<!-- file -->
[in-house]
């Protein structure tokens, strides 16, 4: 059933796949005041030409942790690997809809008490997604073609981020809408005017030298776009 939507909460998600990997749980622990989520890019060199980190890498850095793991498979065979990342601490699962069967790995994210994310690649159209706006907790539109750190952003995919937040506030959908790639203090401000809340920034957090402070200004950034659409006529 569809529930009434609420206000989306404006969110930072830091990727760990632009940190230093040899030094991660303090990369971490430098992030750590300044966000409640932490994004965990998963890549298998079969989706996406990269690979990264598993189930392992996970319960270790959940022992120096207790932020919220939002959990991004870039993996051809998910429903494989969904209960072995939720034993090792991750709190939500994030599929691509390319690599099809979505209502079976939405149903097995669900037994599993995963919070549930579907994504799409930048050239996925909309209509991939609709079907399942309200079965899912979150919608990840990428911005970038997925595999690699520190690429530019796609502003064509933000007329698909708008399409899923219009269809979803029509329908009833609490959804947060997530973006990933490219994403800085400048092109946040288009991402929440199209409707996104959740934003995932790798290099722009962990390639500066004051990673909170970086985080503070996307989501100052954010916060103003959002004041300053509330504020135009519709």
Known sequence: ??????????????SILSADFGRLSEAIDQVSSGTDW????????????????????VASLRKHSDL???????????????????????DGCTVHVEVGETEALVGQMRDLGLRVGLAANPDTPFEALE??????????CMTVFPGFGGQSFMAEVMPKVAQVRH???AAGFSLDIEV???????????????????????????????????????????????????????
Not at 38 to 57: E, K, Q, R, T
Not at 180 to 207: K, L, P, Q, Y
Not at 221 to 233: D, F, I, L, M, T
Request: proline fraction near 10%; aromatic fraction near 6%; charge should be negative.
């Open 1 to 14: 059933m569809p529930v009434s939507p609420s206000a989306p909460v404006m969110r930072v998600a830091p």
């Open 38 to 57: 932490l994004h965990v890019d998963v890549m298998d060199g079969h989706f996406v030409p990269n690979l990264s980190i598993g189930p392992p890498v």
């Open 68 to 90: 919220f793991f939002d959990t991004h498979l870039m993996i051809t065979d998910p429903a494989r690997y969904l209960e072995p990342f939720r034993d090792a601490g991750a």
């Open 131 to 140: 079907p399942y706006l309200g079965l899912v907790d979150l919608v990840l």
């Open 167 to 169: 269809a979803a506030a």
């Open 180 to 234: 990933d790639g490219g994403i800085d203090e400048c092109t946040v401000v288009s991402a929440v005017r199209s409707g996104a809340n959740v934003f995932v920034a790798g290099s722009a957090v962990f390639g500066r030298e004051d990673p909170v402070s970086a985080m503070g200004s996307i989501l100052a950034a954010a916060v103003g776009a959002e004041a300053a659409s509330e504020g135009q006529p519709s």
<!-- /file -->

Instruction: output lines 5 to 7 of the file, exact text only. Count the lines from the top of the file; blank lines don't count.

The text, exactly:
Not at 180 to 207: K, L, P, Q, Y
Not at 221 to 233: D, F, I, L, M, T
Request: proline fraction near 10%; aromatic fraction near 6%; charge should be negative.